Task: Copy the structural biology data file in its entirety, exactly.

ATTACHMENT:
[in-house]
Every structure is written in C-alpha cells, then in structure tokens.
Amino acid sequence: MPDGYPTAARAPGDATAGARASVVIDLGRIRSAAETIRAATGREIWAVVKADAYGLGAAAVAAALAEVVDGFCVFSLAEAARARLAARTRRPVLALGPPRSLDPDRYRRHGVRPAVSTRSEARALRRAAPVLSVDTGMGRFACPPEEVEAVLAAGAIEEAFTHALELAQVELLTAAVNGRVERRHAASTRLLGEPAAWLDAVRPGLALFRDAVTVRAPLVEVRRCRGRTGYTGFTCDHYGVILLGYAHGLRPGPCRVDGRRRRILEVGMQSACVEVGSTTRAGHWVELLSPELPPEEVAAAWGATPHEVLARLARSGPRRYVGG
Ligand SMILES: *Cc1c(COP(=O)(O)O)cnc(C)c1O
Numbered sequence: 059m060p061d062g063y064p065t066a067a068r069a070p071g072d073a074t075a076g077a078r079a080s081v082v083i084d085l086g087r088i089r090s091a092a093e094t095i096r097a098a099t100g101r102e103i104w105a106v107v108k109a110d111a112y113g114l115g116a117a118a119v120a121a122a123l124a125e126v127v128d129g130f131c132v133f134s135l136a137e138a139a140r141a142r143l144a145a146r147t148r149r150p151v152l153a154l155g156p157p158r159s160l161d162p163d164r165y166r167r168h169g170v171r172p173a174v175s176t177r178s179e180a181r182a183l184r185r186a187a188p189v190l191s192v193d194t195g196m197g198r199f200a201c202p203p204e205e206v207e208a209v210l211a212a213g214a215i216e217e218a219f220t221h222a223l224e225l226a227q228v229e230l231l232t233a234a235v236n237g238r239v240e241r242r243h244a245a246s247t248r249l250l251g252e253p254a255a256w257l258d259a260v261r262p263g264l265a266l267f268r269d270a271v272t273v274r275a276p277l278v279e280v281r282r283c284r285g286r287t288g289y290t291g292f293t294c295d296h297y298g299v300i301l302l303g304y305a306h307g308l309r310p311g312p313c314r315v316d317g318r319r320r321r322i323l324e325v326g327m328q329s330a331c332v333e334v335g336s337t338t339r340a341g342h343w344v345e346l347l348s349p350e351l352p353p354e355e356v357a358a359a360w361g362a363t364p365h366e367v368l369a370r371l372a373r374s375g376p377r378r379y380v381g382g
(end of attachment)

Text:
[in-house]
Every structure is written in C-alpha cells, then in structure tokens.
Amino acid sequence: MPDGYPTAARAPGDATAGARASVVIDLGRIRSAAETIRAATGREIWAVVKADAYGLGAAAVAAALAEVVDGFCVFSLAEAARARLAARTRRPVLALGPPRSLDPDRYRRHGVRPAVSTRSEARALRRAAPVLSVDTGMGRFACPPEEVEAVLAAGAIEEAFTHALELAQVELLTAAVNGRVERRHAASTRLLGEPAAWLDAVRPGLALFRDAVTVRAPLVEVRRCRGRTGYTGFTCDHYGVILLGYAHGLRPGPCRVDGRRRRILEVGMQSACVEVGSTTRAGHWVELLSPELPPEEVAAAWGATPHEVLARLARSGPRRYVGG
Ligand SMILES: *Cc1c(COP(=O)(O)O)cnc(C)c1O
Numbered sequence: 059m060p061d062g063y064p065t066a067a068r069a070p071g072d073a074t075a076g077a078r079a080s081v082v083i084d085l086g087r088i089r090s091a092a093e094t095i096r097a098a099t100g101r102e103i104w105a106v107v108k109a110d111a112y113g114l115g116a117a118a119v120a121a122a123l124a125e126v127v128d129g130f131c132v133f134s135l136a137e138a139a140r141a142r143l144a145a146r147t148r149r150p151v152l153a154l155g156p157p158r159s160l161d162p163d164r165y166r167r168h169g170v171r172p173a174v175s176t177r178s179e180a181r182a183l184r185r186a187a188p189v190l191s192v193d194t195g196m197g198r199f200a201c202p203p204e205e206v207e208a209v210l211a212a213g214a215i216e217e218a219f220t221h222a223l224e225l226a227q228v229e230l231l232t233a234a235v236n237g238r239v240e241r242r243h244a245a246s247t248r249l250l251g252e253p254a255a256w257l258d259a260v261r262p263g264l265a266l267f268r269d270a271v272t273v274r275a276p277l278v279e280v281r282r283c284r285g286r287t288g289y290t291g292f293t294c295d296h297y298g299v300i301l302l303g304y305a306h307g308l309r310p311g312p313c314r315v316d317g318r319r320r321r322i323l324e325v326g327m328q329s330a331c332v333e334v335g336s337t338t339r340a341g342h343w344v345e346l347l348s349p350e351l352p353p354e355e356v357a358a359a360w361g362a363t364p365h366e367v368l369a370r371l372a373r374s375g376p377r378r379y380v381g382g